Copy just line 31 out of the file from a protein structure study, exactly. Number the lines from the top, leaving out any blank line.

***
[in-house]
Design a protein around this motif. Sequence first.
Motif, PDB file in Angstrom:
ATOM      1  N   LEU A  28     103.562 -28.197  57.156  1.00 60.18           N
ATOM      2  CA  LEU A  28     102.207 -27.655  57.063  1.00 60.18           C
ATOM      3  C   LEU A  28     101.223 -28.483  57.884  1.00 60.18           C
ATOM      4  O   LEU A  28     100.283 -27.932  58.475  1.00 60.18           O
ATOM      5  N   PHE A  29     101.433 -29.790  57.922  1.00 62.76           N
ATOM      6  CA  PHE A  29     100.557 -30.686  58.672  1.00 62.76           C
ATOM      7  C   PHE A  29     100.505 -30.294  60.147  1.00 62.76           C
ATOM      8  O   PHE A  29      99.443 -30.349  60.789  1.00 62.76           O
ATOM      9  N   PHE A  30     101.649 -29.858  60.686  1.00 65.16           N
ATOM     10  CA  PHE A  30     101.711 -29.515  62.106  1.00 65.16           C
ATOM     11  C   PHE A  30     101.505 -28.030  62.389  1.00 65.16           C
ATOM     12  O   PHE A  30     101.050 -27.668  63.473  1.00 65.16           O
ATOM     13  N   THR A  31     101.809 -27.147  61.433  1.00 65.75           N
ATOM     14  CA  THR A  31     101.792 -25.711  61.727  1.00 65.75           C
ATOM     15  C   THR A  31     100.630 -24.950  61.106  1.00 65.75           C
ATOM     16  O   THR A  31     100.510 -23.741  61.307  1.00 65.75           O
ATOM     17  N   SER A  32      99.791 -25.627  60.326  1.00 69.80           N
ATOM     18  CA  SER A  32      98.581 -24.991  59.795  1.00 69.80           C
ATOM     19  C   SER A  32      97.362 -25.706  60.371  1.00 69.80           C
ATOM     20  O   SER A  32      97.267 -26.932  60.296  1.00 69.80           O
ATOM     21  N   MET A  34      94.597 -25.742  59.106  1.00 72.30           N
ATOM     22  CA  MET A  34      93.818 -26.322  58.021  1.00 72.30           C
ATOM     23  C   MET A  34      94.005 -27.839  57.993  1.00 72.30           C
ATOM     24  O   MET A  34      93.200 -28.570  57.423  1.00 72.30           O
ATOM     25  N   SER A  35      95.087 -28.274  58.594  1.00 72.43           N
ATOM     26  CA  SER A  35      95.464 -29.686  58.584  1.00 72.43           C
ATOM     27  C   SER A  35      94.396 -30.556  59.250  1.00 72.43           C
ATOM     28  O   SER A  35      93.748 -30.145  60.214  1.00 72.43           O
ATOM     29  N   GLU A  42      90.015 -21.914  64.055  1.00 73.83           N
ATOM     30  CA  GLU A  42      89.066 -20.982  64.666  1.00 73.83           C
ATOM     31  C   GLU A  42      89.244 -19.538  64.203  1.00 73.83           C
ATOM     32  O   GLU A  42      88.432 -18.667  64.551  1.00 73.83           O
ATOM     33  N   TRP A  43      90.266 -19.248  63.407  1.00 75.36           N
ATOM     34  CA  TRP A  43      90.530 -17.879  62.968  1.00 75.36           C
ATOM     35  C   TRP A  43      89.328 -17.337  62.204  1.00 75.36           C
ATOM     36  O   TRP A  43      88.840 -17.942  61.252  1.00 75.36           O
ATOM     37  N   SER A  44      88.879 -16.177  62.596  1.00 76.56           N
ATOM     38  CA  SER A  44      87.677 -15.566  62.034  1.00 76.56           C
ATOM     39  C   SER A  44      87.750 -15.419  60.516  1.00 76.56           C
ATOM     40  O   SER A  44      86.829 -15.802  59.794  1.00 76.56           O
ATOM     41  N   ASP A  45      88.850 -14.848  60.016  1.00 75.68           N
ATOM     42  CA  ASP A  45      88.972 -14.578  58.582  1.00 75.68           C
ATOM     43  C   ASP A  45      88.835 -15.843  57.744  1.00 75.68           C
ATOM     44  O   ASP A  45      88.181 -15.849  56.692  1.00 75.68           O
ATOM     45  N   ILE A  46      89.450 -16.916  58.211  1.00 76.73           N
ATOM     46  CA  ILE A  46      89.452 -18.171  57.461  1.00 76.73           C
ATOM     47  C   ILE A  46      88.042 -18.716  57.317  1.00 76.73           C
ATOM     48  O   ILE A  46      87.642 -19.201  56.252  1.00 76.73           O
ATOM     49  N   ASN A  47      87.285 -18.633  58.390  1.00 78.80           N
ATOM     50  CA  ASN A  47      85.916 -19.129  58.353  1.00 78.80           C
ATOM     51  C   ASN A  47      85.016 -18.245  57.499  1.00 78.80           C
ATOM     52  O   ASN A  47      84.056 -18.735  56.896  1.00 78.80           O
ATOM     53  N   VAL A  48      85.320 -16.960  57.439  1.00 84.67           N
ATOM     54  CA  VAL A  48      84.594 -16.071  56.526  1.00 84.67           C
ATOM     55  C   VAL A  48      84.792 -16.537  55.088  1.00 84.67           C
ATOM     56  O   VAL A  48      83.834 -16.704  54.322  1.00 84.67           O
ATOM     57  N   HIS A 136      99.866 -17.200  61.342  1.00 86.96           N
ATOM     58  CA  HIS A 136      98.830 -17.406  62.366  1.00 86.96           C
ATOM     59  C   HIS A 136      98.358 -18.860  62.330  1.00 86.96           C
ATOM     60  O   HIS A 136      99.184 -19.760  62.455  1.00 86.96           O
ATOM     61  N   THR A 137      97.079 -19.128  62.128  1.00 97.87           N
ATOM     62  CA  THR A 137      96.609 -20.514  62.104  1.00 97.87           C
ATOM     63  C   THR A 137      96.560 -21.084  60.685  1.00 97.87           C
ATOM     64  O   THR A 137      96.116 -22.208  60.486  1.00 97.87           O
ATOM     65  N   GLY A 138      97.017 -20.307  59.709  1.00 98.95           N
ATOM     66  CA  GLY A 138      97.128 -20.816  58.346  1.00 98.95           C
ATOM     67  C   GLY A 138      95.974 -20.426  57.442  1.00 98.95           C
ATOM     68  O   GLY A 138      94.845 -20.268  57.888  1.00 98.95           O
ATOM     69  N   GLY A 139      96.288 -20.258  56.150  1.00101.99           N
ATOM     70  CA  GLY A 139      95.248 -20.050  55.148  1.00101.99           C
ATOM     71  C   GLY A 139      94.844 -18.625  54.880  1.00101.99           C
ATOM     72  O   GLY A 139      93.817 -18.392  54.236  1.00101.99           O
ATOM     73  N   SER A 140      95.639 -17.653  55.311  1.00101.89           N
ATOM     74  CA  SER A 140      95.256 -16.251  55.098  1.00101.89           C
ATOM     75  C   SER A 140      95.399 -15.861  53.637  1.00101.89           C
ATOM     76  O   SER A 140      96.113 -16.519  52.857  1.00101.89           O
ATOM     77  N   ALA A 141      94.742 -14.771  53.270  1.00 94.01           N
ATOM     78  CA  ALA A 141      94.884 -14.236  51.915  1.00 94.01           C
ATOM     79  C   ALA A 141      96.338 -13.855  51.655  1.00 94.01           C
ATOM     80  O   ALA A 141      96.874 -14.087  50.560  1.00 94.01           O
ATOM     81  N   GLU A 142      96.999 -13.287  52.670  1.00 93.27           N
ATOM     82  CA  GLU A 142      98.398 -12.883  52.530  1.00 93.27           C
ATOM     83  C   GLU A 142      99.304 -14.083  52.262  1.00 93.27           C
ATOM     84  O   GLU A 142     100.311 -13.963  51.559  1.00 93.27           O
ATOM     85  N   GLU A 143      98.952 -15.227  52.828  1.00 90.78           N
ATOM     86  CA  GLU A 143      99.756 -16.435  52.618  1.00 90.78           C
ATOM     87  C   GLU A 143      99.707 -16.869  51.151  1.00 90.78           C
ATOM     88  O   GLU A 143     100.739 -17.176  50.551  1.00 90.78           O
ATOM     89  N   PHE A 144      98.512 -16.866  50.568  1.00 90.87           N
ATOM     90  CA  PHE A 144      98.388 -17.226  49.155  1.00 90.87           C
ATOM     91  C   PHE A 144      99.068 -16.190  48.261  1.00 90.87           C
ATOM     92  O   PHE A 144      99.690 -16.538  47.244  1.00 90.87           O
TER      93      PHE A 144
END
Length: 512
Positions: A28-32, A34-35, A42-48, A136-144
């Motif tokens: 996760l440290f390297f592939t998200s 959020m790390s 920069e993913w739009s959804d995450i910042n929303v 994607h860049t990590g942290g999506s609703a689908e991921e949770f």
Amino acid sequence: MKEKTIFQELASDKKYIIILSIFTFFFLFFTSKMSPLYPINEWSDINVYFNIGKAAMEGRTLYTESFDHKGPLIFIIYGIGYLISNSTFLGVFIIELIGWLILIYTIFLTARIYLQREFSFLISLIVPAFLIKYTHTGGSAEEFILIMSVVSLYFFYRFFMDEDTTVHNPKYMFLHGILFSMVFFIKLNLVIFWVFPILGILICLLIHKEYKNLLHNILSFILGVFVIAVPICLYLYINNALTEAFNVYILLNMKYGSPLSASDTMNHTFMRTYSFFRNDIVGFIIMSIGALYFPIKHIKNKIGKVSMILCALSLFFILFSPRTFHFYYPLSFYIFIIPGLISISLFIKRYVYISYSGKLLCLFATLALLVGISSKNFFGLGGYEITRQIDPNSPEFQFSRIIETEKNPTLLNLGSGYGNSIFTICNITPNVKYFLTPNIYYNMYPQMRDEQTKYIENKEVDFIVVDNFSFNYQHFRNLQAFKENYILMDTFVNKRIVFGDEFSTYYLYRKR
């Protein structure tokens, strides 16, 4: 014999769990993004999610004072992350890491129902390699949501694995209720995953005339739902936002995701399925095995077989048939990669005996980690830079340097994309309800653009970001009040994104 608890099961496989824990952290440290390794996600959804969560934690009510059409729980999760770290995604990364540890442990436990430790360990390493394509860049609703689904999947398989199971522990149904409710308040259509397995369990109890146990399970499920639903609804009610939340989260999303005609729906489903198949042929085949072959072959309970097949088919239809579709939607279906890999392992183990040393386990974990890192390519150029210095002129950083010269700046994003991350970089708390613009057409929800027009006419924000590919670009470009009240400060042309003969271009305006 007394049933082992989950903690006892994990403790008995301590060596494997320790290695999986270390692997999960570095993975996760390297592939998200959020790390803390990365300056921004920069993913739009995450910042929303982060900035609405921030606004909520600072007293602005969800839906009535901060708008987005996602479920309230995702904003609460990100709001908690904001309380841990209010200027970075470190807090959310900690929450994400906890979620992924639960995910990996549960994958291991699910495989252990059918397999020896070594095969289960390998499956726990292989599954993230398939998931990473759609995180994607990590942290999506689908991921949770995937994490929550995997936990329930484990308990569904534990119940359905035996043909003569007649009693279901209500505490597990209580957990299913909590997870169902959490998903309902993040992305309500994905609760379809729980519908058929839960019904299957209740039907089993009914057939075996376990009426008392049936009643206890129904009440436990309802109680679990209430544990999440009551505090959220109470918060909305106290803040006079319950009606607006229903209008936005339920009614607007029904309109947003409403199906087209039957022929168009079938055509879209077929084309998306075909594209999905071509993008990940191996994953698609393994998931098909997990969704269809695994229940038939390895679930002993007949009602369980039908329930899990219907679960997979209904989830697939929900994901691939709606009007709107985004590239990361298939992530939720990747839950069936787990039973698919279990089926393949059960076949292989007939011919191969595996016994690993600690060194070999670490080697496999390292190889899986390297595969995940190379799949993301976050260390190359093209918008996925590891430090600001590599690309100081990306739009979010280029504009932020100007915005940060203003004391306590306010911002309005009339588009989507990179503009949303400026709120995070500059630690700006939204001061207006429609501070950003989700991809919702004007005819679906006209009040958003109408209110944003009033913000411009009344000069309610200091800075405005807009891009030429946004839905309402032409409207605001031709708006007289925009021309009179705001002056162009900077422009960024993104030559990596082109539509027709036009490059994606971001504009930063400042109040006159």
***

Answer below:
ATOM     28  O   SER A  35      93.748 -30.145  60.214  1.00 72.43           O